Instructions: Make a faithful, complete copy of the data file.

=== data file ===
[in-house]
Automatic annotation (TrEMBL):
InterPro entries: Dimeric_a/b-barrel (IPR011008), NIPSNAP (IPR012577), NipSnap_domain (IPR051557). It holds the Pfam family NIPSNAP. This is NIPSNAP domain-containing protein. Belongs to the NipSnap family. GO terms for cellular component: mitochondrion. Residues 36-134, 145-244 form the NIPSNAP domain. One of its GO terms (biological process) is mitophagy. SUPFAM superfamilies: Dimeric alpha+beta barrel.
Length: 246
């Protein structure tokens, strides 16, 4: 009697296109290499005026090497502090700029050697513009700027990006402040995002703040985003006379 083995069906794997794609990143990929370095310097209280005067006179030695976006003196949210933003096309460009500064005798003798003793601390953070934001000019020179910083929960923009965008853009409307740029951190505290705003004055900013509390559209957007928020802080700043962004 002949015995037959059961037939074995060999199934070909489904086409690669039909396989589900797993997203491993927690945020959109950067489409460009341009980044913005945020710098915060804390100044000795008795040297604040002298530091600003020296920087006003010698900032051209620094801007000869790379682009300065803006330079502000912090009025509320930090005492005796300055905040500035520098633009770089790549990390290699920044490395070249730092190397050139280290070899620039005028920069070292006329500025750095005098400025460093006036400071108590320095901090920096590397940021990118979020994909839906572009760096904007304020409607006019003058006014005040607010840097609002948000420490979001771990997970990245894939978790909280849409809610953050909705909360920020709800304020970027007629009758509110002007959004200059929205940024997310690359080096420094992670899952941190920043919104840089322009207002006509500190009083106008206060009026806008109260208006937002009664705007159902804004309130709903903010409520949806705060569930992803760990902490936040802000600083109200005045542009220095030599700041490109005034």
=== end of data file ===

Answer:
[in-house]
Automatic annotation (TrEMBL):
InterPro entries: Dimeric_a/b-barrel (IPR011008), NIPSNAP (IPR012577), NipSnap_domain (IPR051557). It holds the Pfam family NIPSNAP. This is NIPSNAP domain-containing protein. Belongs to the NipSnap family. GO terms for cellular component: mitochondrion. Residues 36-134, 145-244 form the NIPSNAP domain. One of its GO terms (biological process) is mitophagy. SUPFAM superfamilies: Dimeric alpha+beta barrel.
Length: 246
């Protein structure tokens, strides 16, 4: 009697296109290499005026090497502090700029050697513009700027990006402040995002703040985003006379 083995069906794997794609990143990929370095310097209280005067006179030695976006003196949210933003096309460009500064005798003798003793601390953070934001000019020179910083929960923009965008853009409307740029951190505290705003004055900013509390559209957007928020802080700043962004 002949015995037959059961037939074995060999199934070909489904086409690669039909396989589900797993997203491993927690945020959109950067489409460009341009980044913005945020710098915060804390100044000795008795040297604040002298530091600003020296920087006003010698900032051209620094801007000869790379682009300065803006330079502000912090009025509320930090005492005796300055905040500035520098633009770089790549990390290699920044490395070249730092190397050139280290070899620039005028920069070292006329500025750095005098400025460093006036400071108590320095901090920096590397940021990118979020994909839906572009760096904007304020409607006019003058006014005040607010840097609002948000420490979001771990997970990245894939978790909280849409809610953050909705909360920020709800304020970027007629009758509110002007959004200059929205940024997310690359080096420094992670899952941190920043919104840089322009207002006509500190009083106008206060009026806008109260208006937002009664705007159902804004309130709903903010409520949806705060569930992803760990902490936040802000600083109200005045542009220095030599700041490109005034």